The Real Star Of The Olympic Opening Ceremony Was The Weird Smiley Face Graphic

Dan Istitene/Getty Images Sport/Getty Images; _MG13_/Twitter

The PyeongChang opening ceremony in South Korea featured a spectacular array of new technology that showed off Korea's role at the forefront of technological innovation. From virtual-reality augmented scenes in the PyeongChang stadium to lamps that transferred "light" through never-before-seen 5G technology, it was a feast for nerds everywhere. But they were pulled up short by one feature in particular: a lit up smiley face that inspired memes and tweets because it looked, well, a little bit ... off.

Creating a spectacle for an audience of millions is undoubtedly hard, so the techs who decided to make the final flourish in the center of the stadium — which had been previously occupied by hundreds of drummers, 10-foot silk puppets, and hugely complicated light shows, according to ABC News — understandably kept it simple. But the result, meant to be the climax of a huge light show of fireworks and virtual reality sparkle, ended up resembling an emoji pancake. And social media definitely noticed. Was it a call-out to rave culture, a reference to the five adorable children (symbolizing the five elements in Korean culture) who'd dominated the opening ceremony, or just a simple wish for peace? Who knows. But the blink-and-you-missed-it smile made a lot of people extremely puzzled.

It Gave Some People The Heebie-Jeebies

It Was A Familiar Face For Some

At Least It Has One Fan

Did The Budget Run Out?

Years Of Planning Went Into This

Raves Are Back

The Office Is In Style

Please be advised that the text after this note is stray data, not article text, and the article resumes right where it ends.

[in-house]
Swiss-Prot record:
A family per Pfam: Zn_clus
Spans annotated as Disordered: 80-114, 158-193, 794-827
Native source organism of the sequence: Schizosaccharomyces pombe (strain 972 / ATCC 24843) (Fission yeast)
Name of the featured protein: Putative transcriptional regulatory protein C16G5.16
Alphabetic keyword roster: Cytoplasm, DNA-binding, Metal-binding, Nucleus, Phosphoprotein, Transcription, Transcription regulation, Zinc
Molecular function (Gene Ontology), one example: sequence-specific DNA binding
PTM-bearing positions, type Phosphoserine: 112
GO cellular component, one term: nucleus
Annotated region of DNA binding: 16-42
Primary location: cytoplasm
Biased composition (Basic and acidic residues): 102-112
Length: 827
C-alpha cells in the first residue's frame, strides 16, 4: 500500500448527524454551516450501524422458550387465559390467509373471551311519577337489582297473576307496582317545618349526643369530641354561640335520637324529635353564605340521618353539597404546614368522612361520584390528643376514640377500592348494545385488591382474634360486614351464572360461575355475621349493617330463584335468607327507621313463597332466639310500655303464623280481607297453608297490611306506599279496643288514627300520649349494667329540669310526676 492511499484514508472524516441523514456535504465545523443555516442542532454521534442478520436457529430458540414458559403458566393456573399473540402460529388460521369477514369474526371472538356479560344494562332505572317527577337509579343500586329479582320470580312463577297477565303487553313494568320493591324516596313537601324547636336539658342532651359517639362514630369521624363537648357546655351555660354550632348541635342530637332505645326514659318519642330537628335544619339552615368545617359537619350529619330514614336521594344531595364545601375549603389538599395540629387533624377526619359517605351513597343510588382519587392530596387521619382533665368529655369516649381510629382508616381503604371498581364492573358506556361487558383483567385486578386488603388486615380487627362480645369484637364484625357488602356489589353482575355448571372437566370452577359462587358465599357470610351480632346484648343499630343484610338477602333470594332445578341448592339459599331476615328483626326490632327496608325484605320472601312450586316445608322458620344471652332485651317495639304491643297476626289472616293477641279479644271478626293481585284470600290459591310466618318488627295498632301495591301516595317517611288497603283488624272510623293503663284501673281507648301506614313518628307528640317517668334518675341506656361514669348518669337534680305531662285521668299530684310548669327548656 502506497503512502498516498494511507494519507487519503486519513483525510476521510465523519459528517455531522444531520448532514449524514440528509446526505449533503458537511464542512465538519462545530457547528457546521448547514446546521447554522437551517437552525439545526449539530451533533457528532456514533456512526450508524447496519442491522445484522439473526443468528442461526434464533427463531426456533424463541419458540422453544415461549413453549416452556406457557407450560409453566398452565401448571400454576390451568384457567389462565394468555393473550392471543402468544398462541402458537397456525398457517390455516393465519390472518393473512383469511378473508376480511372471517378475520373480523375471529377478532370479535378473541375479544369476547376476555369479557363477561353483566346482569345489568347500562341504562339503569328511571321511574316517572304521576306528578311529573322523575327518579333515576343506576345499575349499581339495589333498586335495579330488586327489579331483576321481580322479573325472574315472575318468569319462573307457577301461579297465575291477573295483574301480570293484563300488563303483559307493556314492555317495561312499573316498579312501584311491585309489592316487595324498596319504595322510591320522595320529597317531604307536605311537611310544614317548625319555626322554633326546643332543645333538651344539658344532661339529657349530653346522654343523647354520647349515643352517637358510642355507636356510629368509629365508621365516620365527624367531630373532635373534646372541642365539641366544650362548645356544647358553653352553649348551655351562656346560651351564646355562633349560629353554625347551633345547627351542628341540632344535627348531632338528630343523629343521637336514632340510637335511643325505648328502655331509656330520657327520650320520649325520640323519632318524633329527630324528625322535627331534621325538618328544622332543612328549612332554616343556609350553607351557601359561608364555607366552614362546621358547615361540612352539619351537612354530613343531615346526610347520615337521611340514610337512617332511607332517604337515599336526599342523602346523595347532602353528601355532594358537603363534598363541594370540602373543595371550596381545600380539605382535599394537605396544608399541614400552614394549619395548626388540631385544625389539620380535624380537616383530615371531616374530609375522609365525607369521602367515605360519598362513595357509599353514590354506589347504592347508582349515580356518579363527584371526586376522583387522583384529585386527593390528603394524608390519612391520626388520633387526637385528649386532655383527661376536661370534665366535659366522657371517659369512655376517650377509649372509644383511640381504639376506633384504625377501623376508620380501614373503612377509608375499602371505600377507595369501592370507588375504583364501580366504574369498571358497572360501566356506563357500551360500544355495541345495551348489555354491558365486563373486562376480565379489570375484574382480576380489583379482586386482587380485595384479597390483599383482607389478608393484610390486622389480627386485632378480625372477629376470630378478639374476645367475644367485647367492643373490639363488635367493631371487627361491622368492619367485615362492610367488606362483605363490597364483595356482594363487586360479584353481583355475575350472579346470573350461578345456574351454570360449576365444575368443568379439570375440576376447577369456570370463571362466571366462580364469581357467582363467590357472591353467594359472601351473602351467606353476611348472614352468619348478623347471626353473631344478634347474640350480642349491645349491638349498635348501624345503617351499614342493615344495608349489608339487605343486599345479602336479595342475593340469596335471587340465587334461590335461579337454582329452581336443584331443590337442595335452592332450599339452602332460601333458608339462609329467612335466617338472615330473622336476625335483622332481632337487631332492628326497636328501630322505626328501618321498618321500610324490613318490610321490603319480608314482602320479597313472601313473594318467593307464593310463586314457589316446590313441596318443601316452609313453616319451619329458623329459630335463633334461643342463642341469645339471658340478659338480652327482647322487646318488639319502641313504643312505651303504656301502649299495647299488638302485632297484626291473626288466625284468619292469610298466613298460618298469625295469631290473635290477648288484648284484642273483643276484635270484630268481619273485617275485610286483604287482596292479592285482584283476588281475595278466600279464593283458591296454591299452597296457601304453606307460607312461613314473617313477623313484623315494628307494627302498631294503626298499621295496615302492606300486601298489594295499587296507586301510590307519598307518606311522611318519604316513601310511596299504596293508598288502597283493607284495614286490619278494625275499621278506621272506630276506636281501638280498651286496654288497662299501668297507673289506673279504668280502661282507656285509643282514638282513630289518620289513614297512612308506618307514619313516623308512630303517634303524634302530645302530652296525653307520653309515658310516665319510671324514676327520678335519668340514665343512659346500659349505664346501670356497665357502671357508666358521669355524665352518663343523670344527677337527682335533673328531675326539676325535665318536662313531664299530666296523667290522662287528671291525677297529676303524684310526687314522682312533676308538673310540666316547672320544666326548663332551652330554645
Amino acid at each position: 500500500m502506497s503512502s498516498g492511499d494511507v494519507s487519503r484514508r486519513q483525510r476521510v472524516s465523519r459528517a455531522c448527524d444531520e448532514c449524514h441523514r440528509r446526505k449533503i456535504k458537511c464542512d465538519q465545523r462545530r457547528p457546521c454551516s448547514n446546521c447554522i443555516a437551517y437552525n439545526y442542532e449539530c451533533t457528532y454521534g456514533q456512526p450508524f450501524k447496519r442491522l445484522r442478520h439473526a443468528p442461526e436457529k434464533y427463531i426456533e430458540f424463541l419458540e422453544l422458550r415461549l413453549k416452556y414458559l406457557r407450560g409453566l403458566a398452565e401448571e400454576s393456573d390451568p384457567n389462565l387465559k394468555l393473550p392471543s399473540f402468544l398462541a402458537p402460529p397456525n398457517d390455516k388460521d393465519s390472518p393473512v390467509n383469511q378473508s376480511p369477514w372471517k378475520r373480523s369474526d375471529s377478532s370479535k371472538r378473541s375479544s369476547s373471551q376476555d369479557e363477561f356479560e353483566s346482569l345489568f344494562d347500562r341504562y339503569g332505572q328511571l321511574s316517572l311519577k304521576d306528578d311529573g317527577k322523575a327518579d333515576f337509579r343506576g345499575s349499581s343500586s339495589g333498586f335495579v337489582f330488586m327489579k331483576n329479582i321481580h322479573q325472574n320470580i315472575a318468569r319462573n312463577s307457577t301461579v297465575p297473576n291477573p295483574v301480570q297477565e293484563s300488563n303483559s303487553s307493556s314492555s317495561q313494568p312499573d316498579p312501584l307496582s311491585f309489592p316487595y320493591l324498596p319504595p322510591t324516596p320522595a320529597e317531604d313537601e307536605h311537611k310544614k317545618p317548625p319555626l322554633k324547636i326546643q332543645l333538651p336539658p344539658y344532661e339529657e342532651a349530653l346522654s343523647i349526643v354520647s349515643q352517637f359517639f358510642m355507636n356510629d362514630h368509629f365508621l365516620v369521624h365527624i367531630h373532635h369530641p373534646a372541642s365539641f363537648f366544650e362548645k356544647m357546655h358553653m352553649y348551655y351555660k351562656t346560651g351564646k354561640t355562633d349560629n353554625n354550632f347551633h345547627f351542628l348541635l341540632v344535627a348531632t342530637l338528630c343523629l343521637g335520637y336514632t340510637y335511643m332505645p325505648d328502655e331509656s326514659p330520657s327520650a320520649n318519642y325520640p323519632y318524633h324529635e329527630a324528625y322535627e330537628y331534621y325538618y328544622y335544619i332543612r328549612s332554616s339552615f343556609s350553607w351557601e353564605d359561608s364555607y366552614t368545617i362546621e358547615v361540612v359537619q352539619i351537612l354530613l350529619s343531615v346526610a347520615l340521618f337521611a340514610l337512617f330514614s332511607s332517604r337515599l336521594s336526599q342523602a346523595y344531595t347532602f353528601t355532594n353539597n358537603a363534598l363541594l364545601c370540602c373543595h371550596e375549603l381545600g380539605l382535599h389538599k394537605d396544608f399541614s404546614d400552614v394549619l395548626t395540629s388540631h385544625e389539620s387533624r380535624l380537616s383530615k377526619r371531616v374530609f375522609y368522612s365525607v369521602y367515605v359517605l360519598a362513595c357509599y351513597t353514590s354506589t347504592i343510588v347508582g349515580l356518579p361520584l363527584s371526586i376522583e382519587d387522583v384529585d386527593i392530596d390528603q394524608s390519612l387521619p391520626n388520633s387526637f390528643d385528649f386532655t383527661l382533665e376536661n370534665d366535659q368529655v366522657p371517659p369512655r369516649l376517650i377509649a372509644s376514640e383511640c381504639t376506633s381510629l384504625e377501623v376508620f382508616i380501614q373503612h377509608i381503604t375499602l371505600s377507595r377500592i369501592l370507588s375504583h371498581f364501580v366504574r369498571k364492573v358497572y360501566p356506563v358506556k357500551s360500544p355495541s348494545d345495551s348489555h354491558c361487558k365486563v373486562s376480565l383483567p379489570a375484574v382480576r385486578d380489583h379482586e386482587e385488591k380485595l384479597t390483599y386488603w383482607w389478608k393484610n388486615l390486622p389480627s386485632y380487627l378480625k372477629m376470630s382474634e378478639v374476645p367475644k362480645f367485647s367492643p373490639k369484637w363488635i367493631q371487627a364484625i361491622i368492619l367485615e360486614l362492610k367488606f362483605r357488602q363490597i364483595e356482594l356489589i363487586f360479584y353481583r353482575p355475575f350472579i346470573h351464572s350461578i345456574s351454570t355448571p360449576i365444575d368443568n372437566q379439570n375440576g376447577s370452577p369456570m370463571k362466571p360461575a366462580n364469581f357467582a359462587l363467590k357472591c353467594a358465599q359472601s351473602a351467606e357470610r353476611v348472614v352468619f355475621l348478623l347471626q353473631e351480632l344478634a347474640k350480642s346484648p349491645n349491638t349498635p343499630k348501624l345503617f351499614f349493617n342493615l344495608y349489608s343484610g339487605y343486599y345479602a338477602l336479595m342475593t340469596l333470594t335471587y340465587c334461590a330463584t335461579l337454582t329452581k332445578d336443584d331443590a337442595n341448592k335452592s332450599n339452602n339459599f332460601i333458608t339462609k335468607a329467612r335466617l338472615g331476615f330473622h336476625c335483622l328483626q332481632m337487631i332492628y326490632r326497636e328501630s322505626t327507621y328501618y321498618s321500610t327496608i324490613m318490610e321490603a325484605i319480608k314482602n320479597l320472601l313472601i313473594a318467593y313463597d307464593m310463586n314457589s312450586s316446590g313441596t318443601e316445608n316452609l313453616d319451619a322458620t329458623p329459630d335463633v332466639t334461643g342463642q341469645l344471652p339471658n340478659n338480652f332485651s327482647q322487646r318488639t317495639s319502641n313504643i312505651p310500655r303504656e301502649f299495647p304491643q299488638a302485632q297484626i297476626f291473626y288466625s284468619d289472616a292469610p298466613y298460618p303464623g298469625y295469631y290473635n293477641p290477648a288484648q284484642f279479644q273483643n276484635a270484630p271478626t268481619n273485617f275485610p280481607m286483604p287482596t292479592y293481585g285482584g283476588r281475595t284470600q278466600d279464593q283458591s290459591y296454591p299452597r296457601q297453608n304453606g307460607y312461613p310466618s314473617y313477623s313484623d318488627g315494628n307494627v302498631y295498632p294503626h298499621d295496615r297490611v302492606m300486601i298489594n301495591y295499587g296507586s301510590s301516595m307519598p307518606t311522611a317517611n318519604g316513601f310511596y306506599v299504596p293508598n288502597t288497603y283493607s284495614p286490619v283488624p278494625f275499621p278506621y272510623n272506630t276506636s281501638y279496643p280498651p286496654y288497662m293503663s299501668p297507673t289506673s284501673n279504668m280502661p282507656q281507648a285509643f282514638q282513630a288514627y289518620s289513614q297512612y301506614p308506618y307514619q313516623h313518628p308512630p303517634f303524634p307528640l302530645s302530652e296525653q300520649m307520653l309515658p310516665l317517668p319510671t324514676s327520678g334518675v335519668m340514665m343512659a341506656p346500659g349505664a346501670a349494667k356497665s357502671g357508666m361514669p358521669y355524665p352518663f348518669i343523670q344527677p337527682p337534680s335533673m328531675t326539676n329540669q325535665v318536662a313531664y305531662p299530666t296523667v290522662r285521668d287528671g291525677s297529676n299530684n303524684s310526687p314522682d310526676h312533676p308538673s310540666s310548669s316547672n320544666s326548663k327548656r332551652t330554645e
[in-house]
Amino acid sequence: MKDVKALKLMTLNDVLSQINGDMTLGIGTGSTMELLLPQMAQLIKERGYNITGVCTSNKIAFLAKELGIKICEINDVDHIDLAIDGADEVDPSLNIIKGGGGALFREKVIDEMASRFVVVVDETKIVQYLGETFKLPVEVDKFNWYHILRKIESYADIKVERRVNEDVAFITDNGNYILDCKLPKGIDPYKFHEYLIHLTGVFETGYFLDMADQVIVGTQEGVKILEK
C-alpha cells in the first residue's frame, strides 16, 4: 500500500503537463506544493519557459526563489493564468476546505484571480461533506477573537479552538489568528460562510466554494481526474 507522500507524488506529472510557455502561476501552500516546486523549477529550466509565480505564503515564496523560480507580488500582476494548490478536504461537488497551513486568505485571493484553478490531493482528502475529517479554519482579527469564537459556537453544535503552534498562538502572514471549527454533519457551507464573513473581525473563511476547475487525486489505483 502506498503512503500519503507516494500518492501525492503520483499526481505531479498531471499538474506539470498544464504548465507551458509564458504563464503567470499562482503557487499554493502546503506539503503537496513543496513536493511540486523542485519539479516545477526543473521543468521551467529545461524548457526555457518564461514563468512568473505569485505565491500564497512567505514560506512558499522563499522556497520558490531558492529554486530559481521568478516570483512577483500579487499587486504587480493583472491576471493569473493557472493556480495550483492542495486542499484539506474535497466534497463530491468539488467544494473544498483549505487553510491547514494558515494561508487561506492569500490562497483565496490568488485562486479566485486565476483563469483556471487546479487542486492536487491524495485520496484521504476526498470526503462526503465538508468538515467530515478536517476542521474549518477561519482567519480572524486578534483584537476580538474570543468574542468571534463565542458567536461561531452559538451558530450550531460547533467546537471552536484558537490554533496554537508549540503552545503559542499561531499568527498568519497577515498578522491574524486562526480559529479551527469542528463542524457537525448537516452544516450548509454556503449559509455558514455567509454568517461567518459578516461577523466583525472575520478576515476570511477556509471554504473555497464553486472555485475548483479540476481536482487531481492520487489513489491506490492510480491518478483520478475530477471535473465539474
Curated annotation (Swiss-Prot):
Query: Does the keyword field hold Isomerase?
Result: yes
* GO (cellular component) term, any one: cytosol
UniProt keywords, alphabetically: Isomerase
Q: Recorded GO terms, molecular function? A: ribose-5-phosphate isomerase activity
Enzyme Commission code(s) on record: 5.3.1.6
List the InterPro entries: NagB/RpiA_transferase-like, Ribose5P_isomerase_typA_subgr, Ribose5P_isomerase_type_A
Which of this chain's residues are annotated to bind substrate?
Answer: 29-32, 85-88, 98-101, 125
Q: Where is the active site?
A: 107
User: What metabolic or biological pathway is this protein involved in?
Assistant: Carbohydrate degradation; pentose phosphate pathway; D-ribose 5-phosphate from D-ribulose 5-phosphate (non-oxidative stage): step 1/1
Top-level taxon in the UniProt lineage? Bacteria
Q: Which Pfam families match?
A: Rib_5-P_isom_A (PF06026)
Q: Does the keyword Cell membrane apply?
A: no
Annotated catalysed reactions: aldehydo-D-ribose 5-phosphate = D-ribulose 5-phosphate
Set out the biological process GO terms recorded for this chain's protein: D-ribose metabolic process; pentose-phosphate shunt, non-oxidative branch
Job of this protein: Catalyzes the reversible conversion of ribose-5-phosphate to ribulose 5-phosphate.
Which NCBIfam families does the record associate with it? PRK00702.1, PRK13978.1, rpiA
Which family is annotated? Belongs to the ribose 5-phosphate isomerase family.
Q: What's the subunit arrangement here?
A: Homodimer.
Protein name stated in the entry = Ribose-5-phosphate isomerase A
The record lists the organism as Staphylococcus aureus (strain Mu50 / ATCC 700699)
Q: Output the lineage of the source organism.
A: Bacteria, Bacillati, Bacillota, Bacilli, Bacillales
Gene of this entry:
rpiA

The Choreo Does Not Exactly Match Up

The smiling didn't stop there, either. The ceremony concluded with fireworks that went off in the shape of a smiley face — and viewers were instantly talking about it.

In fact, the fireworks seemed to be received much better than the other graphics.

The little things I guess, right?

Of course, the smiley face shenanigans were far from the only thing to get meme'd in the PyeongChang opening ceremony tonight. Pita Taufatofua, more colloquially known as "Shirtless Tonga Guy," made quite the splash when he returned to this opening ceremony every bit as shirtless and oiled up as he did at the Rio Summer Olympics, when he launched too many memes and tweets to count. This isn't noteworthy just because it is, unsurprisingly, quite cold in PyeongChang right now — it's noteworthy because Taufatofua's qualification for cross-country skiing should be near impossible. Up until two years ago, he said in an interview with an Olympic channel, he'd never even seen snow; he managed to train and qualify first using rollerblades in Tonga, and then traveling abroad to hit actual snow slopes (and, subsequently, your Twitter feed).

Another irresistibly meme-able moment? Naturally, when the 2012 chart-topper "Gangnam Style" started playing, it left quite the impression on the audience. Seeing as the artist, Psy, is an incredibly popular artist in South Korea, it is none-too-surprising that it was played during the opening ceremonies; although nobody could be quite prepared for how #pure it was when people started dancing along to it. And admittedly, for those in the U.S. who were watching the coverage live from PyeongChang at 6 a.m. on Friday, many weren't prepared for that kind of enthusiasm for life so early in the morning; as one Twitter user and Daily Beast Editor Tanya Basyu phrased it, "So far, this Olympics opening ceremony has included the U.S. walking out to 'Gangnam Style,' Bermuda's dedication to shorts, and Tonga's dedication to keeping Rio alive with its shirtless, oiled flagbearer (it's below freezing)—and it's just past 7 am EST, what a Friday".

And what expression is more perfect for your internal mood by Friday after a long hard week at work than — drumroll, please — the awkward smiley face from the opening ceremony that has been meme'd round the world? Perhaps the reason we are all so collectively unnerved by the now infamous grin is because it speaks to a truth about ourselves that we are not all too ready to examine.